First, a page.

As of October 2022, the median price for a home in the state was $443,000, which is up 7.9% above last year’s median price. Comparing prices over the last three years, we can see they have decreased -6.2% from the peak of $472,400 in Jun-2022.
The Garden State’s northwest region has a humid continental climate and is slightly cooler than the rest of the state, which enjoys a mesothermal climate. New Jersey’s climate is fairly predictable in that summers are usually hot and humid, with temperatures that range from the low 60s to the high 80s and winters are cold with temperatures ranging from the low 30s to around 16°F, although these temperatures can be higher or lower depending on specific meteorological phenomena, such as nor’easters, which can directly affect the climate at certain times during the year.
The Garden State ranks second in the country when it comes to state expenditure per student. Current school rankings (elementary, middle and high schools), campus and district zoning/location maps, information and reviews are available online for parents moving to New Jersey.
What follows are some of the most notable schools and colleges:
- Elementary Schools: Three of the top-ranked elementary schools are Robert Treat Academy Charter School in Newark, Lincoln Elementary School in Ridgefield Park and Ho-Ho-Kus Public School in Ho Ho Kus.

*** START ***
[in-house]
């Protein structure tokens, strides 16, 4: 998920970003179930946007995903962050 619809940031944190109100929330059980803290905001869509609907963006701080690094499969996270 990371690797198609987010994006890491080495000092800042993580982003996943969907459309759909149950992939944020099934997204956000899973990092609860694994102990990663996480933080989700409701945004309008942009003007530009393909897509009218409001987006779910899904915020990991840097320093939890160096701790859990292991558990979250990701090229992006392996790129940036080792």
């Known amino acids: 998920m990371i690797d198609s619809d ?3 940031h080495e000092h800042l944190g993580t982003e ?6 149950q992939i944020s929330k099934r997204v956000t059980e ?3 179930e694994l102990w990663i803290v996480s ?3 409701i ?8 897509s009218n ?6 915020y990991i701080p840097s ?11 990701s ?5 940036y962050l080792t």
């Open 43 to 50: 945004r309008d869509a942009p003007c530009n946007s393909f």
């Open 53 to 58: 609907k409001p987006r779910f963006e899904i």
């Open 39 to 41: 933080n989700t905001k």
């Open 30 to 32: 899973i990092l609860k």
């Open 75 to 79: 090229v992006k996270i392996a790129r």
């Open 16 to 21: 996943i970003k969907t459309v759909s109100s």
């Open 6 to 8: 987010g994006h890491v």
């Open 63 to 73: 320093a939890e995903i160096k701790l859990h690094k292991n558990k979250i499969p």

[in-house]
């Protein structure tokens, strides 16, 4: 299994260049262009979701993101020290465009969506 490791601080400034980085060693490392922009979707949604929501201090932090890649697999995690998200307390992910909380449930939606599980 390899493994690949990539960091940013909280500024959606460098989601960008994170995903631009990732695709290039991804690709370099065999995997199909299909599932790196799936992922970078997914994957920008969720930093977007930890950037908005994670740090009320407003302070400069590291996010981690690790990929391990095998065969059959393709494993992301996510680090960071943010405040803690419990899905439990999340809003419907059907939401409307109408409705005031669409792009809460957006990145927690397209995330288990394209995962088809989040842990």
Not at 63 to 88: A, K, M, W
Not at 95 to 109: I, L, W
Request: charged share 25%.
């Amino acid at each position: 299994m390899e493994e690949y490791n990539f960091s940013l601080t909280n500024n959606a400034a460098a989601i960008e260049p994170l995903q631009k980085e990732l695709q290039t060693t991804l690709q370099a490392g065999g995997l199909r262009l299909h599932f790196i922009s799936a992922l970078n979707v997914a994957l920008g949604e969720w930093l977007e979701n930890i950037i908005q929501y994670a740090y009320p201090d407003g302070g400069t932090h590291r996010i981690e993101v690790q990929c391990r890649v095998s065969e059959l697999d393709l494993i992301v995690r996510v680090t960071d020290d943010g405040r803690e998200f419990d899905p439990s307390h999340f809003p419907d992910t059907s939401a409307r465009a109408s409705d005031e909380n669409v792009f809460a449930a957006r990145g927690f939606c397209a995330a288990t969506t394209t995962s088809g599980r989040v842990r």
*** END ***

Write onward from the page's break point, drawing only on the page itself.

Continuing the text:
- High Schools: Three of the top-ranked high schools are The Academy of Allied Health & Science in Neptune, Communications High School in Wall Township and Dr. Ronald E. McNair Academic High School in Jersey City.
- Higher Education: New Jersey is home to some world-renowned institutes of higher education, such as Princeton University and Rutgers University, as well many other quality private, public and community colleges.
For the most current information about moving to New Jersey, visit the Official Web Site for the State of New Jersey.
- New Jersey charges a 7% excise tax on any previously untaxed vehicles you bring into the state or buy there.
- You are required to transfer an out-of-state driver’s license within 60 days of moving to New Jersey. You can do this at your local Motor Vehicle Commission Agency. Find more information about the New Jersey MVC here.
- You have 60 days to register your vehicle. You can find a current overview of registration fees here. It costs $60 to transfer a title without a lien, $85 for a title with one lien, and $110 for a title with two liens.
- There are two toll roads in the Garden State: the New Jersey Turnpike, which runs between Delaware and New York, and the Garden State Parkway that runs from Cape May to the border with New York at Montvale. There are also a number of toll bridges when leaving New Jersey.
- You can register to vote by sending a hard copy of the Voter Registration Application to your County Commissioner of Registration. You must register a minimum of 21 days before an upcoming election in order to vote.
- Trash and recycling services are handled by your municipality, and the costs are included in most cities’ property taxes.